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The repository hosting company GitHub appears to be in the midst of a crisis, with at least 10 executives leaving in the last few months. A recent article from Business Insider provides some insight into the changing culture at the company, which may be the reason some of the executives left. These changes are mainly the responsibility of cofounder Chris Wanstrath, who took over as CEO in 2014.

GitHub used to have a flat organizational structure, where nearly everyone who worked there were considered peers except a few important individuals at the top. However, Wanstrath’s tenure has seen the rise of supervisors and middle management. Another huge change is that upper management are no longer allowed to work remotely, but must report in at the office. These changes have met opposition within the company, and Business Insider reports that no longer being able to work remotely was at least part of the reason why some executives left recently.

Although many in the company are resistant to these changes, at least one person who spoke to Business Insider defended them. The person to compares the current situation in GitHub to the situation in Facebook a few years ago, and argues that organizational changes are needed once the company reaches a certain size. “With the benefit of experience, 2-3 years, it’s very similar to a set of anecdotes about Facebook, where Sean Parker took off and Gideon Yu, and Owen Van Natta and there’s all this drama. And hello? It’s a hypergrowth company and it’s a normal upgrade cycle,” the person explained, “There was a remote culture and very little hierarchical structure which worked wonderfully when they were 30 and 50 people, but at 500, it doesn’t work. Chris has decided that the leadership team needs to be in the building and managing, so remote is not an option for senior executives.”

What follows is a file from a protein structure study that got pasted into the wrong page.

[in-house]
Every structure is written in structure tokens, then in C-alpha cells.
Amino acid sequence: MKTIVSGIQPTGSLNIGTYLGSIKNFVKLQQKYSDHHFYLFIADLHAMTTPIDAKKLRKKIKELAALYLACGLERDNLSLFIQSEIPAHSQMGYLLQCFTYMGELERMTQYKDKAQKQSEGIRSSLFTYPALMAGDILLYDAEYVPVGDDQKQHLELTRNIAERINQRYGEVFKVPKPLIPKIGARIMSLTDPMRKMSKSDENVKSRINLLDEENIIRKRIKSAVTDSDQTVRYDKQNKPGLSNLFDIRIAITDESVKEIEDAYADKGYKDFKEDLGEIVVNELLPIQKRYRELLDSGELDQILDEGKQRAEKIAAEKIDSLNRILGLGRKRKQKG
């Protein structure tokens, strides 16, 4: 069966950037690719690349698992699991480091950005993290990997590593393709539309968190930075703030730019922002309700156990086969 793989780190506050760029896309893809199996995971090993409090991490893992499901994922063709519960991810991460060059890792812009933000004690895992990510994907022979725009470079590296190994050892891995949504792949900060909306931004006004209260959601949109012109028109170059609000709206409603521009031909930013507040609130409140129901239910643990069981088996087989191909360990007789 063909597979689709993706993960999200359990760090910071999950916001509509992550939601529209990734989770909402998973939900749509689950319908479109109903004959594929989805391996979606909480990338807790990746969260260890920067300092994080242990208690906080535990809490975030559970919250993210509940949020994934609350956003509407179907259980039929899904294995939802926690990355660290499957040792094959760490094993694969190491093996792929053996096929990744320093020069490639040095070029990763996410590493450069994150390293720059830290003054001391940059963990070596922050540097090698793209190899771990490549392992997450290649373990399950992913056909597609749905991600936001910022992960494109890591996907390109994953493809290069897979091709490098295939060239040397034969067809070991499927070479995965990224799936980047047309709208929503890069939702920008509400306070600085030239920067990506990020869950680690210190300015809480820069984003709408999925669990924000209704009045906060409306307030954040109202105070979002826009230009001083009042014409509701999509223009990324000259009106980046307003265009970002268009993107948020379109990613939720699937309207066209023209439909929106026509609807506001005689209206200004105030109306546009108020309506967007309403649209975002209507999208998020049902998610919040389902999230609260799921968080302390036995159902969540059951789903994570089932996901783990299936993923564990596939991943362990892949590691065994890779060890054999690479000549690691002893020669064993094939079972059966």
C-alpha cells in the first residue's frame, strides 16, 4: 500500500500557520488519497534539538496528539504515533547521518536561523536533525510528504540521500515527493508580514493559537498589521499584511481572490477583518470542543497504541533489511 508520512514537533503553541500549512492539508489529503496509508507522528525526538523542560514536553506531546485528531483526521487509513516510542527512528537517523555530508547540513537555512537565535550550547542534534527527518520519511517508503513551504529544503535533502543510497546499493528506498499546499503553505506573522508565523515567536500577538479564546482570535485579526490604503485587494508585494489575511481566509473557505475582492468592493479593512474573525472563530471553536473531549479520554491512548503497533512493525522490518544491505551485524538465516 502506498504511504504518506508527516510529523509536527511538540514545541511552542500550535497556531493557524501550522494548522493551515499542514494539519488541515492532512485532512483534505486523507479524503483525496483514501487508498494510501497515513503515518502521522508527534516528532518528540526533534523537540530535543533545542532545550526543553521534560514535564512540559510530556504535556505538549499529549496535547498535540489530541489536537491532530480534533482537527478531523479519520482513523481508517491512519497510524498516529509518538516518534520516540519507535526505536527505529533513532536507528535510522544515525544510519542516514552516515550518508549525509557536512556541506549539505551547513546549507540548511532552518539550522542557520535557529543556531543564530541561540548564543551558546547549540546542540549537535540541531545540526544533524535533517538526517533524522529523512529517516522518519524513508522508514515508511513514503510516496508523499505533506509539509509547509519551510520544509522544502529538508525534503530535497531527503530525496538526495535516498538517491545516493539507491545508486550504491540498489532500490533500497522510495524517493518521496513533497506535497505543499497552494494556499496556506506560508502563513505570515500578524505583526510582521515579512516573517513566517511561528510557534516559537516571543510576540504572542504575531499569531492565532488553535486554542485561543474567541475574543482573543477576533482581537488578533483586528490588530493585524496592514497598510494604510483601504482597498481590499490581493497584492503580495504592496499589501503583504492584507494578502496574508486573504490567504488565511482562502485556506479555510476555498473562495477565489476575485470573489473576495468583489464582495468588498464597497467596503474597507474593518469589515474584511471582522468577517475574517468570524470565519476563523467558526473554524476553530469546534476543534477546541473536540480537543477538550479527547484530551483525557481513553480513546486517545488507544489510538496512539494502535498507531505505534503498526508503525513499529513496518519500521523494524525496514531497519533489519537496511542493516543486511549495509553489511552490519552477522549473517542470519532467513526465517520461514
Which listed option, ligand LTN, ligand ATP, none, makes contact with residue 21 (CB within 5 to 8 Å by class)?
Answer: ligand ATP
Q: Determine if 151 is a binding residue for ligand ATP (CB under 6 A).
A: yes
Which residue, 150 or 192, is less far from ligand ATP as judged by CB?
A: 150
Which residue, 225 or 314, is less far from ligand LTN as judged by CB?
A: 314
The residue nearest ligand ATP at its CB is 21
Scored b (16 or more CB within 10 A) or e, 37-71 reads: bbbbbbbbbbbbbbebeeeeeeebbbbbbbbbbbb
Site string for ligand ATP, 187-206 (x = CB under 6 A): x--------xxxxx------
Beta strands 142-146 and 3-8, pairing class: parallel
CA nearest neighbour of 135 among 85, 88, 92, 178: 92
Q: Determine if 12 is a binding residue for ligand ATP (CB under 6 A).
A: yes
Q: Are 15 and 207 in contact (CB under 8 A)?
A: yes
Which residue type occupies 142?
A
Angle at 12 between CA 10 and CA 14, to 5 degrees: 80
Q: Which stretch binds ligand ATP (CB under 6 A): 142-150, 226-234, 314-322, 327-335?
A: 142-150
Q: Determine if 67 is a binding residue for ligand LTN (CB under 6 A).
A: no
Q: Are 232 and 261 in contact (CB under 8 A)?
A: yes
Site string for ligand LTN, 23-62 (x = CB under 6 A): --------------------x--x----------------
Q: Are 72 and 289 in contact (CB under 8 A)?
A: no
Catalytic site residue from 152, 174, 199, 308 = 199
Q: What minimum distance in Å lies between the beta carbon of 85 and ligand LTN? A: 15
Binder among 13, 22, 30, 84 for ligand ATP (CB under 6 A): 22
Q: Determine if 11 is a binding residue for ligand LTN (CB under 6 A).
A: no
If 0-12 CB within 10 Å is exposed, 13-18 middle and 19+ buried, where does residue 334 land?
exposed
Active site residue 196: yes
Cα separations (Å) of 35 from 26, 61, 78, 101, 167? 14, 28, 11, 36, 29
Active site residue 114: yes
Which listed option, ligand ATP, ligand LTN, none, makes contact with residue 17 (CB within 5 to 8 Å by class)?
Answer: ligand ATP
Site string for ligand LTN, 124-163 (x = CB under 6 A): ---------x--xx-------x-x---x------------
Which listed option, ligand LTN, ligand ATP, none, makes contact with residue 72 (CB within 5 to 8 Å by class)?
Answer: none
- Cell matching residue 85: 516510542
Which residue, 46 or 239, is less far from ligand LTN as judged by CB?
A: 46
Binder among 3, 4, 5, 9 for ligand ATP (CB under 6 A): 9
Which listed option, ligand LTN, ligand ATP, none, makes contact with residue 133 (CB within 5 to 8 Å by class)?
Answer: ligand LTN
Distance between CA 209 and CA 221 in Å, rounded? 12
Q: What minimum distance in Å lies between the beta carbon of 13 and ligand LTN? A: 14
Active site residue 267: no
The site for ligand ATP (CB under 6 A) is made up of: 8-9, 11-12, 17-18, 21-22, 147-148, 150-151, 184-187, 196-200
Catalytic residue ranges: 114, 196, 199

Another cause of controversy within the company is the social impact team, which is in charge of dealing with social issues including diversity within the company. The leader of the team and VP of social impact is Nicole Sanchez, who previously caused controversy with an article in USA Today arguing, “More white women does not equal tech diversity.” Sanchez brought up a similar point at a diversity training talk, which had a slide stating, “Some of the biggest barriers to progress are white women.”

While many in the company are in favor of more diversity, they are growing concerned with the direction of the social impact team. One person stated, “They are trying to control culture, interviewing and firing. Scary times at the company without a seasoned leader. While their efforts are admirable it is very hard to even interview people who are ‘white’ which makes things challenging.” Many long-term employees are also describing a culture of fear at the company, where those who don’t support all the changes are being driven out.

Others at the company speak of leadership problems and describe Wanstrath as, “trying to keep everyone happy by not making the hard decisions necessary of leaders.” Another says Wanstrath, “hides in conference rooms.” Also of concern to some in the company, is the apparent absence of key technical talent from the early days of the company. CTO Ted Nyman and cofounder PJ Hyett reportedly don’t appear at the office much and don’t often contribute technically anymore.

Is GitHub facing a major crisis, or is this just a result of the company’s rapid growth? Leave your comment below.


Max Michael

Senior Writer